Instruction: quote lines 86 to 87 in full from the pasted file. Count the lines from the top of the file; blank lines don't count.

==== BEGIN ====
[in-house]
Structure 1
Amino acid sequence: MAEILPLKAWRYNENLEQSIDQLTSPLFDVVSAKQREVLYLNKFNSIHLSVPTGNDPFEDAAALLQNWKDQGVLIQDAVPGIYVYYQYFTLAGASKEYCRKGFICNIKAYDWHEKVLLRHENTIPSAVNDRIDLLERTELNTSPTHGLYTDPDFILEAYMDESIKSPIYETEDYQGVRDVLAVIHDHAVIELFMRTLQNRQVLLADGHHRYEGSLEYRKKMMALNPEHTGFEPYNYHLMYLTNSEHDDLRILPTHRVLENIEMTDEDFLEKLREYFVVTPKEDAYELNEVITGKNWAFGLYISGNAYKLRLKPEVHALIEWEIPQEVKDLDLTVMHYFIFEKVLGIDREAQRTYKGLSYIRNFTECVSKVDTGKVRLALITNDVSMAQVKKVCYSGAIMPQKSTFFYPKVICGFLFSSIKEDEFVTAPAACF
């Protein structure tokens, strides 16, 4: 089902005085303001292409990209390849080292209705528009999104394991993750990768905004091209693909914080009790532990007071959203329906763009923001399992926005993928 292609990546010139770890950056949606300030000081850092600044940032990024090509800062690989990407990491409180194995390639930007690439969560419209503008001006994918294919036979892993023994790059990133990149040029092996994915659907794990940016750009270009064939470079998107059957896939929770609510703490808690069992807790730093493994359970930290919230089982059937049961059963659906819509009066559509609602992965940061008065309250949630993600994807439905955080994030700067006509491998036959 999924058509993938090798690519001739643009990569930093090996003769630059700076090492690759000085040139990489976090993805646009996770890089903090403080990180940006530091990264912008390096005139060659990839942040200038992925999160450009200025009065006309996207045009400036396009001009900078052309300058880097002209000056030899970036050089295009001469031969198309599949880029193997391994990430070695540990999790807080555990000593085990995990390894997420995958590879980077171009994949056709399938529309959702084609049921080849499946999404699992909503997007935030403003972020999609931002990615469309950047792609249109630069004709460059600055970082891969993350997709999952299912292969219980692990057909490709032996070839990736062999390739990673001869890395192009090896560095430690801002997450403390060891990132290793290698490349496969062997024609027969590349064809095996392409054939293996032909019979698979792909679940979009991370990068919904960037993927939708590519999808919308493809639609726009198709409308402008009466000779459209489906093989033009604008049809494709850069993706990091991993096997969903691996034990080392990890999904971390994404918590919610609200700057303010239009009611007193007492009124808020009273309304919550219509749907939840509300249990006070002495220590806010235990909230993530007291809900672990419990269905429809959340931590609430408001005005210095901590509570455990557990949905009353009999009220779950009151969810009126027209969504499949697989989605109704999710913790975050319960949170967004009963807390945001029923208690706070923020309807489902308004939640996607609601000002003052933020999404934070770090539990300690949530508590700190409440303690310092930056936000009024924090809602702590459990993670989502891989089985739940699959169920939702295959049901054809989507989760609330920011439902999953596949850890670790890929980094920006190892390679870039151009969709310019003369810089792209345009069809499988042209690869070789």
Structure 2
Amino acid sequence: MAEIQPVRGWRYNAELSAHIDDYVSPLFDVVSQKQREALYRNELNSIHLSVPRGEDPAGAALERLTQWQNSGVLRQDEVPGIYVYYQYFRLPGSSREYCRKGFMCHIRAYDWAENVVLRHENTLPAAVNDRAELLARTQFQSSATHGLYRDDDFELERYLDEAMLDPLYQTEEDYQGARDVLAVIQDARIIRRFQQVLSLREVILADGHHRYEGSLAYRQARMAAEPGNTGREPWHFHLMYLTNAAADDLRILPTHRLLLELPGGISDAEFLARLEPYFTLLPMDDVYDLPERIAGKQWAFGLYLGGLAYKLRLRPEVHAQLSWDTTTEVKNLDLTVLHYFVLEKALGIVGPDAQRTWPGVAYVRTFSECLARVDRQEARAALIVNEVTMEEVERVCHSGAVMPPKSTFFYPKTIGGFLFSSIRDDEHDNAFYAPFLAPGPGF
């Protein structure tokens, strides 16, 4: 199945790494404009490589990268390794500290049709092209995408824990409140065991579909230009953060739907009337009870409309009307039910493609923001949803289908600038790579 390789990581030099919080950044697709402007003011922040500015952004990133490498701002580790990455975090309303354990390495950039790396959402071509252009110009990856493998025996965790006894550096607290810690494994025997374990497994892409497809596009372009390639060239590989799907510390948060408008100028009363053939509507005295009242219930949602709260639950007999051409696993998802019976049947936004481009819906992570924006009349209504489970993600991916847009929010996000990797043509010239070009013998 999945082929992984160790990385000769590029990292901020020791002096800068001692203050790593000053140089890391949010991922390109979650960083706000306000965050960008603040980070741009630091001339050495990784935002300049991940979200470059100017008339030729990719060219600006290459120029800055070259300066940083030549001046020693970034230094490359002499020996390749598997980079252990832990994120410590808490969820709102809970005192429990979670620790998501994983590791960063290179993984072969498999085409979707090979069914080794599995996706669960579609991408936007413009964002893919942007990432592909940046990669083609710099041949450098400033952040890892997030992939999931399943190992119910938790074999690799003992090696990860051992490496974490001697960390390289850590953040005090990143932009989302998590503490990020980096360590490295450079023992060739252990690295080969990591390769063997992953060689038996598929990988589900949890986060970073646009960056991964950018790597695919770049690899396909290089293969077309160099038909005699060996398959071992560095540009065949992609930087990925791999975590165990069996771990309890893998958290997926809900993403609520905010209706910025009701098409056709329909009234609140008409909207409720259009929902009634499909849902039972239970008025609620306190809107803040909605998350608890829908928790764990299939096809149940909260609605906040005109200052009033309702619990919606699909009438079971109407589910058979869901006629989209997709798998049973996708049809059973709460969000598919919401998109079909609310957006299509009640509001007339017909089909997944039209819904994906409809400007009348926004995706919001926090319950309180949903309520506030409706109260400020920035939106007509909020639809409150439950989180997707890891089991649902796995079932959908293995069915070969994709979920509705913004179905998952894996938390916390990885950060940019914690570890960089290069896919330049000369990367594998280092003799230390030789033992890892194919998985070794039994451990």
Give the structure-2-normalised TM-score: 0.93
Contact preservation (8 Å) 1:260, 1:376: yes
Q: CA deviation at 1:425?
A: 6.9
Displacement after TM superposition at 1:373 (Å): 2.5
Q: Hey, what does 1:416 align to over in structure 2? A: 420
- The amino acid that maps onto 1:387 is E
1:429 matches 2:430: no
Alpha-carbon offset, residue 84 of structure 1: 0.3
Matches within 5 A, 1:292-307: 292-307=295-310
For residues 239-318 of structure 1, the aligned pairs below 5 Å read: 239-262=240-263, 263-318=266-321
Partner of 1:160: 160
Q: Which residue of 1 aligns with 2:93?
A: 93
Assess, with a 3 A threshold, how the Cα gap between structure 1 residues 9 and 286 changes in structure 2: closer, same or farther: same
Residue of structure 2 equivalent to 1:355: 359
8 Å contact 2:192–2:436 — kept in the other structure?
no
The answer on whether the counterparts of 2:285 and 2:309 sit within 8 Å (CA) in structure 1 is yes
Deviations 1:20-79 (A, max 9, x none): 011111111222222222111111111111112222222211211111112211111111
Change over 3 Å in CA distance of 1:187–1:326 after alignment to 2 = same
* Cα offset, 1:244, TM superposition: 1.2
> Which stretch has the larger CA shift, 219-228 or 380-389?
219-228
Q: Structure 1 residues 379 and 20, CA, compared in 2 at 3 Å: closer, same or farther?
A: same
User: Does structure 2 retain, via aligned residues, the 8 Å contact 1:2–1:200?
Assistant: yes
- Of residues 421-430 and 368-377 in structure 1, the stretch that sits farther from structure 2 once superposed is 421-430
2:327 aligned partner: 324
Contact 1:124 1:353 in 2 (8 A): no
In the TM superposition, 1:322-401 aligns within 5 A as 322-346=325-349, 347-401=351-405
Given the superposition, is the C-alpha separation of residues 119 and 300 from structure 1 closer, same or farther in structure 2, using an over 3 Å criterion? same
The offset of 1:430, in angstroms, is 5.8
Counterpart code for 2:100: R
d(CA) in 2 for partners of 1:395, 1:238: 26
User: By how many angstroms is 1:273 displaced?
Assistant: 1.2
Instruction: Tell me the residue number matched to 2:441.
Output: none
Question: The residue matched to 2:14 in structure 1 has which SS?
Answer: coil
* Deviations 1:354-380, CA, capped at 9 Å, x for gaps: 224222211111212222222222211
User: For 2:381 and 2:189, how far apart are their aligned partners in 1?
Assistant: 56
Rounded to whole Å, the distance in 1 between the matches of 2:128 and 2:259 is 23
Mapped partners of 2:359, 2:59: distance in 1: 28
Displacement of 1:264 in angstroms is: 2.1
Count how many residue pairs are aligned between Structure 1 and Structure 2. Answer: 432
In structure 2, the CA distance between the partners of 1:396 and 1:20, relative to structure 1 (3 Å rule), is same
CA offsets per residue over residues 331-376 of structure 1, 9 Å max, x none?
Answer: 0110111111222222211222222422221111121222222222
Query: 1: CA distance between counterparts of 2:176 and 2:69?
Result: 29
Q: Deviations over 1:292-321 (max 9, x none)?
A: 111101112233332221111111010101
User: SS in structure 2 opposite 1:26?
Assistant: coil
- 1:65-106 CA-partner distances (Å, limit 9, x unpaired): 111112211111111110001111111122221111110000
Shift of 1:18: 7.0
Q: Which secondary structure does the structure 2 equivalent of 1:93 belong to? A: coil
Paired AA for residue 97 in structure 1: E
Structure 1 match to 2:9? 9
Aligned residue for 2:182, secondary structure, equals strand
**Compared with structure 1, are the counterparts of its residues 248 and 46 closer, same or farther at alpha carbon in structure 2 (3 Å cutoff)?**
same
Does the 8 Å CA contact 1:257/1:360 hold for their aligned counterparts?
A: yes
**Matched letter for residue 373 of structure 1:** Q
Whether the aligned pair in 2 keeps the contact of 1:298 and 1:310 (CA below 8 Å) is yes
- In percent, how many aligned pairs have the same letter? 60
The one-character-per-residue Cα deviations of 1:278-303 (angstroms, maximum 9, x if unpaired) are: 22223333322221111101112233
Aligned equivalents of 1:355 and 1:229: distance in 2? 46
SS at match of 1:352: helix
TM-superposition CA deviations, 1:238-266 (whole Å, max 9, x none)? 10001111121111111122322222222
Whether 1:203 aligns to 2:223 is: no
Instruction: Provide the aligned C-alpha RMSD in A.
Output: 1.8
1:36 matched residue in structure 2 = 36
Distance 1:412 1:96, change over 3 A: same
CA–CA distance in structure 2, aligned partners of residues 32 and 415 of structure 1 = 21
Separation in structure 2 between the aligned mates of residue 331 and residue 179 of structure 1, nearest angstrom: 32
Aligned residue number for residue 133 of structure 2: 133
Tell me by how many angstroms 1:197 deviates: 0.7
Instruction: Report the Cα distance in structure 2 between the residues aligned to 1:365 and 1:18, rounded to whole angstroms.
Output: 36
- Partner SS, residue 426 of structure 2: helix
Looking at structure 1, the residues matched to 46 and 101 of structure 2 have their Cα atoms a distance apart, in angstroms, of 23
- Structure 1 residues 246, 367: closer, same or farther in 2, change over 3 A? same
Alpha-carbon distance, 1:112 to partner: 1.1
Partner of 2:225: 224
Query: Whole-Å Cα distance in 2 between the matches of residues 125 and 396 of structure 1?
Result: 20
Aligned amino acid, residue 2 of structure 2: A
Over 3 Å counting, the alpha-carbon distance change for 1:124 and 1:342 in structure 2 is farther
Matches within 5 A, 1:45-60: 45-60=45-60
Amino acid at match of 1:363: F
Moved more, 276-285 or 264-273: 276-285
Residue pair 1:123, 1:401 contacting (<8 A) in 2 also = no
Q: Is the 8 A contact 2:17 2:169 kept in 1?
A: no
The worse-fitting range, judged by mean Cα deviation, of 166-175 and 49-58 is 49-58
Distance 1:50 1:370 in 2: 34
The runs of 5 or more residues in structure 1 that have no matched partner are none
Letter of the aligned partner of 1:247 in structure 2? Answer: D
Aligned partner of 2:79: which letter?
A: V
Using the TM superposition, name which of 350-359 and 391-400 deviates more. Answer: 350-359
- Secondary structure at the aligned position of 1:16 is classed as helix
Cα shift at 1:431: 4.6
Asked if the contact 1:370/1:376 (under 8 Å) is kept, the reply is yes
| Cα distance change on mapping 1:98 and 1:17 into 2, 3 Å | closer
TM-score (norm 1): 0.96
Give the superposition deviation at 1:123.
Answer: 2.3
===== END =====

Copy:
1:36 matched residue in structure 2 = 36
Distance 1:412 1:96, change over 3 A: same